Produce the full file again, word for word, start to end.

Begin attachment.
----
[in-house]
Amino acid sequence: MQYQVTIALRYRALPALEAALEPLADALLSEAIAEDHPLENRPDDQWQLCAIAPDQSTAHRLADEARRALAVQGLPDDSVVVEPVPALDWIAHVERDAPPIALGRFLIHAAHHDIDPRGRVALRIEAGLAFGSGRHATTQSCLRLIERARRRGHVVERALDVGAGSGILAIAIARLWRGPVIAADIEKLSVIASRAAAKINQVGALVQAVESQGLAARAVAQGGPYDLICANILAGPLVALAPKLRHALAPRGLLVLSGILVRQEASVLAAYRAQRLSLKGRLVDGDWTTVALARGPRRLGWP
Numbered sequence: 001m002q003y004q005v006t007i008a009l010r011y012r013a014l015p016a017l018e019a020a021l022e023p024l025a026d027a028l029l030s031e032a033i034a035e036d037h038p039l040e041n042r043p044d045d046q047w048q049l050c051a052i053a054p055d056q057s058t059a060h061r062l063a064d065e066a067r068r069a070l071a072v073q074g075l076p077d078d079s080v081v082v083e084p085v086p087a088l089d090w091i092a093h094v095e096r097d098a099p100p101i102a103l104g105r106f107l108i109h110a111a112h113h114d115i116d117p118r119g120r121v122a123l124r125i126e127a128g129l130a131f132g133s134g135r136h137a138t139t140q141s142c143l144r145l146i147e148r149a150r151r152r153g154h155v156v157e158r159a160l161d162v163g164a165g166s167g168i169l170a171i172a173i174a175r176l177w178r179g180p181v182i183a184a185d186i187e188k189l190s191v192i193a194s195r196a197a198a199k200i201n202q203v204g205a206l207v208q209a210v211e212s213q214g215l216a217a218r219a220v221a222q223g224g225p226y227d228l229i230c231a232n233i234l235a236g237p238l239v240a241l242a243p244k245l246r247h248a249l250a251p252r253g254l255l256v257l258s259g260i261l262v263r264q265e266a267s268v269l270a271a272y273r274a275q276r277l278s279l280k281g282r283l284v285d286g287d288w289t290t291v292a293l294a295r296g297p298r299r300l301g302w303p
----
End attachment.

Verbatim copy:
[in-house]
Amino acid sequence: MQYQVTIALRYRALPALEAALEPLADALLSEAIAEDHPLENRPDDQWQLCAIAPDQSTAHRLADEARRALAVQGLPDDSVVVEPVPALDWIAHVERDAPPIALGRFLIHAAHHDIDPRGRVALRIEAGLAFGSGRHATTQSCLRLIERARRRGHVVERALDVGAGSGILAIAIARLWRGPVIAADIEKLSVIASRAAAKINQVGALVQAVESQGLAARAVAQGGPYDLICANILAGPLVALAPKLRHALAPRGLLVLSGILVRQEASVLAAYRAQRLSLKGRLVDGDWTTVALARGPRRLGWP
Numbered sequence: 001m002q003y004q005v006t007i008a009l010r011y012r013a014l015p016a017l018e019a020a021l022e023p024l025a026d027a028l029l030s031e032a033i034a035e036d037h038p039l040e041n042r043p044d045d046q047w048q049l050c051a052i053a054p055d056q057s058t059a060h061r062l063a064d065e066a067r068r069a070l071a072v073q074g075l076p077d078d079s080v081v082v083e084p085v086p087a088l089d090w091i092a093h094v095e096r097d098a099p100p101i102a103l104g105r106f107l108i109h110a111a112h113h114d115i116d117p118r119g120r121v122a123l124r125i126e127a128g129l130a131f132g133s134g135r136h137a138t139t140q141s142c143l144r145l146i147e148r149a150r151r152r153g154h155v156v157e158r159a160l161d162v163g164a165g166s167g168i169l170a171i172a173i174a175r176l177w178r179g180p181v182i183a184a185d186i187e188k189l190s191v192i193a194s195r196a197a198a199k200i201n202q203v204g205a206l207v208q209a210v211e212s213q214g215l216a217a218r219a220v221a222q223g224g225p226y227d228l229i230c231a232n233i234l235a236g237p238l239v240a241l242a243p244k245l246r247h248a249l250a251p252r253g254l255l256v257l258s259g260i261l262v263r264q265e266a267s268v269l270a271a272y273r274a275q276r277l278s279l280k281g282r283l284v285d286g287d288w289t290t291v292a293l294a295r296g297p298r299r300l301g302w303p